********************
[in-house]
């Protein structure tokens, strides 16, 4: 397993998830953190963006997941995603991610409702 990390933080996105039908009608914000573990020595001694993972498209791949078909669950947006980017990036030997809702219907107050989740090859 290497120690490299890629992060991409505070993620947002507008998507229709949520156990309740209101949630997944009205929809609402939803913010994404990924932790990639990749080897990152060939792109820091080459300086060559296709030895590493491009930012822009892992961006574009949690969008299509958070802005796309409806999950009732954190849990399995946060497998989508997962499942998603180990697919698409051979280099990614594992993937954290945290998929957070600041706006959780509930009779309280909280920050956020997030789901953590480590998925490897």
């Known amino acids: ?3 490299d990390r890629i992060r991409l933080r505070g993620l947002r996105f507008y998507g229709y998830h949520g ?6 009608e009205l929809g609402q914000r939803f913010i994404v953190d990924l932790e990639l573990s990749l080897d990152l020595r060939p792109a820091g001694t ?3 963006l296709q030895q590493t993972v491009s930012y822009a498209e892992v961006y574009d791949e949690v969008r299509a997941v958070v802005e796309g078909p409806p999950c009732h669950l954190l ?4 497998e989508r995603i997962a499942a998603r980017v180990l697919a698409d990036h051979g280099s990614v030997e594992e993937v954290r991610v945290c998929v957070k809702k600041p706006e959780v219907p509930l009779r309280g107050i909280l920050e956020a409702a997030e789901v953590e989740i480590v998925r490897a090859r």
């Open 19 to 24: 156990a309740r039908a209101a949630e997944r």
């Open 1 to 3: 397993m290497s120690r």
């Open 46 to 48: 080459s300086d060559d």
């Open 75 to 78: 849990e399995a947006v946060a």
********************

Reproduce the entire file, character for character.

[in-house]
């Protein structure tokens, strides 16, 4: 397993998830953190963006997941995603991610409702 990390933080996105039908009608914000573990020595001694993972498209791949078909669950947006980017990036030997809702219907107050989740090859 290497120690490299890629992060991409505070993620947002507008998507229709949520156990309740209101949630997944009205929809609402939803913010994404990924932790990639990749080897990152060939792109820091080459300086060559296709030895590493491009930012822009892992961006574009949690969008299509958070802005796309409806999950009732954190849990399995946060497998989508997962499942998603180990697919698409051979280099990614594992993937954290945290998929957070600041706006959780509930009779309280909280920050956020997030789901953590480590998925490897």
């Known amino acids: ?3 490299d990390r890629i992060r991409l933080r505070g993620l947002r996105f507008y998507g229709y998830h949520g ?6 009608e009205l929809g609402q914000r939803f913010i994404v953190d990924l932790e990639l573990s990749l080897d990152l020595r060939p792109a820091g001694t ?3 963006l296709q030895q590493t993972v491009s930012y822009a498209e892992v961006y574009d791949e949690v969008r299509a997941v958070v802005e796309g078909p409806p999950c009732h669950l954190l ?4 497998e989508r995603i997962a499942a998603r980017v180990l697919a698409d990036h051979g280099s990614v030997e594992e993937v954290r991610v945290c998929v957070k809702k600041p706006e959780v219907p509930l009779r309280g107050i909280l920050e956020a409702a997030e789901v953590e989740i480590v998925r490897a090859r």
């Open 19 to 24: 156990a309740r039908a209101a949630e997944r």
């Open 1 to 3: 397993m290497s120690r």
């Open 46 to 48: 080459s300086d060559d």
């Open 75 to 78: 849990e399995a947006v946060a």